For a month or so, it appeared that the nation’s major cineplexes were charging into an early July opening. It now seems that the news of rising cases in 36 states has scared them off. AMC has switched the opening of its theaters from July 15th to July 30th, while also implementing a set of “Safe and Clean” policies to protect customers. The chain’s locations in the Waterfront, South Hills, and Mt. Lebanon seemingly will start a business on that new date.
Following AMC’s lead, Cinemark announced that they will be pushing back openings to July 24th. As of now, there’s no news about which of the North Hills, Robinson, Monroeville, or Center Township locations will be starting up first, even though the North Hills and Robinson venues were supposed to be open on July 3rd. Despite the changing dates, the biggest change with Cinemark is the closure of the Pittsburgh Mills Mall multiplex, which announced in May that its COVID shutdown would be a permanent shutdown.
While it appears that coronavirus was the final nail in the coffin for the Mills Mall Cineplex, another well-known theater in the region announced its closure just days before lockdown. The SouthSide Works Theater struck a middle ground between the area’s giant chain theaters and The Manor’s comfortable size, but the cinema seemingly got caught in no man’s land. On March 9th, the SouthSide Works Theater’s new owners announced that it would close, partially due to slipping attendance.
With a three month lockdown almost permanently killing AMC, the nation’s largest theater chain, it’s clear there’s an inherent frailty in the industry in 2020. This weakness has led some film fans to discuss a larger role for video-on-demand in the future of moviegoing, which many in the movie industry have pushed against by emphasizing the importance of the in-person experience. While most people involved with theaters agree with the latter sentiment, some small cinemas in the area have opened up their own video on-demand streaming service to stay relevant during the shutdown.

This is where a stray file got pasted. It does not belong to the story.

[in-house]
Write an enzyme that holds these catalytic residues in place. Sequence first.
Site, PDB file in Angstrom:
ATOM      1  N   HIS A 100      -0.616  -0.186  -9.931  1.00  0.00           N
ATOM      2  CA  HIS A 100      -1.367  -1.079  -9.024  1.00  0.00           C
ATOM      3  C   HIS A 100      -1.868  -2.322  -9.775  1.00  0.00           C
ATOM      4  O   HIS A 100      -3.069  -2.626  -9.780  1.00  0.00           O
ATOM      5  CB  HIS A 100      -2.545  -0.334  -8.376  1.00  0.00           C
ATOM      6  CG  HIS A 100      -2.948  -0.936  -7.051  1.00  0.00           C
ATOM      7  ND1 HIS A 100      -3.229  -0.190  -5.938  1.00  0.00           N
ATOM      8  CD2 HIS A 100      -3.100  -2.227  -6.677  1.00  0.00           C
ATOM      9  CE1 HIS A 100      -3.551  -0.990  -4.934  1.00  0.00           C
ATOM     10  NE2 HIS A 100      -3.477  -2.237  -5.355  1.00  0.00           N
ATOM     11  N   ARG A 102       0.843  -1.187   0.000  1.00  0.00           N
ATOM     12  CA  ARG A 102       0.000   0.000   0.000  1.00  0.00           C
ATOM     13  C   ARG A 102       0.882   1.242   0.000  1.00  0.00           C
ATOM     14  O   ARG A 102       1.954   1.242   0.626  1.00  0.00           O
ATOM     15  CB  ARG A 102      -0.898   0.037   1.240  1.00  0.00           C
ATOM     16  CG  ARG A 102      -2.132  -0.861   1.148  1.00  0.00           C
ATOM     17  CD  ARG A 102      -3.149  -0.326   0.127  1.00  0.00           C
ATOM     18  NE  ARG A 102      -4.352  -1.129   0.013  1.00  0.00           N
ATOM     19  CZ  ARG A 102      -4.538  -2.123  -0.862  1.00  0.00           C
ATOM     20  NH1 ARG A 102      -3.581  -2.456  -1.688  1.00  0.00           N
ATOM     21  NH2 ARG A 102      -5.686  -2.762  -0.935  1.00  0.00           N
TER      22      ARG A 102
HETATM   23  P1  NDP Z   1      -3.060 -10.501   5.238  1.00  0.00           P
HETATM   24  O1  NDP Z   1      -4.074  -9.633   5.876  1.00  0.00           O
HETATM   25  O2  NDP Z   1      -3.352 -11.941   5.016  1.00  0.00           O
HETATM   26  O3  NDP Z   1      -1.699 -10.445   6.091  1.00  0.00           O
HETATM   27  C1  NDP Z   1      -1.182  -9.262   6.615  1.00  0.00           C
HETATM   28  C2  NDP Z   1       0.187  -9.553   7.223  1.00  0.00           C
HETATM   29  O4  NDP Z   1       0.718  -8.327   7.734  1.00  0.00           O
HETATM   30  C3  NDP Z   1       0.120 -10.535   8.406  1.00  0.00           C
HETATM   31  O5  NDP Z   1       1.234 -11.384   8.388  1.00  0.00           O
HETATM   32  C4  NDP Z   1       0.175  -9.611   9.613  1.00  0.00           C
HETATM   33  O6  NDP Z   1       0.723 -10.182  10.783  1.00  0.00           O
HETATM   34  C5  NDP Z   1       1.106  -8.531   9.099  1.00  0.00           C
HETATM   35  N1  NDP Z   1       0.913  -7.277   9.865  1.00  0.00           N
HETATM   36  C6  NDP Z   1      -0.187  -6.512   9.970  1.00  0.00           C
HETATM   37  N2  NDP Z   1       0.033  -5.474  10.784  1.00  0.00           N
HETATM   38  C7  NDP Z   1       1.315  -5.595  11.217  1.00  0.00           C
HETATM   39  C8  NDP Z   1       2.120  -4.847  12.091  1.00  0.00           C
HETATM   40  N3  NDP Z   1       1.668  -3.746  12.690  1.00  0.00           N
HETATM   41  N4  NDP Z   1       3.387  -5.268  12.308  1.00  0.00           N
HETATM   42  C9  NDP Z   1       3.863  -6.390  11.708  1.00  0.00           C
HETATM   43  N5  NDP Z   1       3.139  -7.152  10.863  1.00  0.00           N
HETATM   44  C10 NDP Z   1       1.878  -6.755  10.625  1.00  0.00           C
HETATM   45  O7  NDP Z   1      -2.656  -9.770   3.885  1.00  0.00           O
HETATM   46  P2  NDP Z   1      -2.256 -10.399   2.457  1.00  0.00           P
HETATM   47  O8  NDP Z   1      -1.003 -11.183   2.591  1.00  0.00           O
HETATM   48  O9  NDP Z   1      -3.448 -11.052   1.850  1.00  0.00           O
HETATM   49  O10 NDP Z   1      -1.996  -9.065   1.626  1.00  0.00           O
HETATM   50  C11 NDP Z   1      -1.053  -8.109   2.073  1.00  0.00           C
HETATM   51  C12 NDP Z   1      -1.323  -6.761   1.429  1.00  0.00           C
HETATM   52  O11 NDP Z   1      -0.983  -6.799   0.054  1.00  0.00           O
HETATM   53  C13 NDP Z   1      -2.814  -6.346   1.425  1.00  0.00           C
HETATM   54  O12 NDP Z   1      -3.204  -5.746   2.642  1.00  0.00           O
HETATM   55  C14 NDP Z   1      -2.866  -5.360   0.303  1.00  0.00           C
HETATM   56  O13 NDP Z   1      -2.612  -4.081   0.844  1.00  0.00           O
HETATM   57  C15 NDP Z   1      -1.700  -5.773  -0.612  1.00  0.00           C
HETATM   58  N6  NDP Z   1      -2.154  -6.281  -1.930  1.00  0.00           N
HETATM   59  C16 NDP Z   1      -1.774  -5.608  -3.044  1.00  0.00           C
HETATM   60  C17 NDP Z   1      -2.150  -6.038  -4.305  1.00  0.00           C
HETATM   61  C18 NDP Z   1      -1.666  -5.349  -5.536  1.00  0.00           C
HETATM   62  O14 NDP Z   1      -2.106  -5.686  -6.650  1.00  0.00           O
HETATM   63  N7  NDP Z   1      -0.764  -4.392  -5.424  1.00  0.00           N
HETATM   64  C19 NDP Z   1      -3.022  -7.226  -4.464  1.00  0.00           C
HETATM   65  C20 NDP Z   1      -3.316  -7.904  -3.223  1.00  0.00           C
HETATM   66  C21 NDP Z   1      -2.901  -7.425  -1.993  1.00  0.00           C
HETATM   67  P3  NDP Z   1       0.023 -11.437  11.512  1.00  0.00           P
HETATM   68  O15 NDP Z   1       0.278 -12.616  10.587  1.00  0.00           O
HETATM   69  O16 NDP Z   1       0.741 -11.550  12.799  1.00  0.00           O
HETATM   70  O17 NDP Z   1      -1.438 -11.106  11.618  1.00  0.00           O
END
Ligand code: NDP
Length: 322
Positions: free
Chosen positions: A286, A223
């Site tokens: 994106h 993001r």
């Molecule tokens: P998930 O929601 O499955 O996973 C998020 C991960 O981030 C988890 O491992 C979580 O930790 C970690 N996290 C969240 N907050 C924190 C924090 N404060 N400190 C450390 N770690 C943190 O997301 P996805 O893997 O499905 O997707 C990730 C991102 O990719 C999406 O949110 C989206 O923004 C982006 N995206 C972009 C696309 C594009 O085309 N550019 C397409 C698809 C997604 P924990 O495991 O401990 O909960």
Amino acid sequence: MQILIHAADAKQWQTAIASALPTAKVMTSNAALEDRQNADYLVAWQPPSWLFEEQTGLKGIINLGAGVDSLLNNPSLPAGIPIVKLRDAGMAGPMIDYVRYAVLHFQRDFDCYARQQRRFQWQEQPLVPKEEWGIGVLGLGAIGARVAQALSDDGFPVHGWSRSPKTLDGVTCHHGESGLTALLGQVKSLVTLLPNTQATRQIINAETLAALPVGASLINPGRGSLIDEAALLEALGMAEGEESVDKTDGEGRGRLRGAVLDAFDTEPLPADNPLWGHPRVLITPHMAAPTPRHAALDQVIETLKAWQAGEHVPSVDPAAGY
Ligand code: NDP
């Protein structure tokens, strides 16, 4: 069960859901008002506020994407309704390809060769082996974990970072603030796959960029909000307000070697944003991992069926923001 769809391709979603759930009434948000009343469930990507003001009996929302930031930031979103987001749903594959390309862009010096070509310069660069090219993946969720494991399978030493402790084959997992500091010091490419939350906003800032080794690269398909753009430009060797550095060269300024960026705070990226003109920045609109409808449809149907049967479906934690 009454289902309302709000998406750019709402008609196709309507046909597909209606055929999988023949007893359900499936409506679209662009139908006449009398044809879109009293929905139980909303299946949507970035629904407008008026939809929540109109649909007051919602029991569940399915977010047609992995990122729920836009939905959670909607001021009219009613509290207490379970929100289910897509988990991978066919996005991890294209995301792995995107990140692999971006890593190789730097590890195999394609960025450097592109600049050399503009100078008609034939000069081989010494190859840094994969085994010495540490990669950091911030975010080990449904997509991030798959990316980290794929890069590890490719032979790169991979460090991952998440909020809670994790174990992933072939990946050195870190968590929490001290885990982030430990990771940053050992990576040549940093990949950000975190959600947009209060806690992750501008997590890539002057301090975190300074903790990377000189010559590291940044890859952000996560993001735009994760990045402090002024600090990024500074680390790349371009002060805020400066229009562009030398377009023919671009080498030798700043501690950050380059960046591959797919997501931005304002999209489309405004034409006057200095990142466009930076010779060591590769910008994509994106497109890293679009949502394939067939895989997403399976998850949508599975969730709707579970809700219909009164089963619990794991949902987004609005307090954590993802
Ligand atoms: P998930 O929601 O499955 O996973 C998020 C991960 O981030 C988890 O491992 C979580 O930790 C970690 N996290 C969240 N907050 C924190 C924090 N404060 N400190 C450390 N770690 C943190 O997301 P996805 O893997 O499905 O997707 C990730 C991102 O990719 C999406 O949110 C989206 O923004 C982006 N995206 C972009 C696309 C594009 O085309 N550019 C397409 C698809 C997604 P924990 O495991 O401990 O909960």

Downtown’s historic Harris Theater is one of a handful of Pittsburgh cinemas that has added a VOD platform. The art-house cinema has been keeping up with independent films and documentaries with its virtual theater, but it hasn’t yet announced anything about reopening. That silence could be worrying, considering the Harris’ tumultuous 2019, where the Pittsburgh Cultural Trust took over from the Harris’ previous management, Pittsburgh Filmmakers.
Lawrenceville’s Row House Cinema is in a unique spot, as it’s a theater that focuses on repertory screenings of older films to provide an exciting night out. For a theater that is focused on people who love movies and love seeing them, the pandemic was difficult. While it doesn’t compare to the real thing, owner Brian Mendelssohn launched Row House Online, a virtual cinema carrying all types of indie films.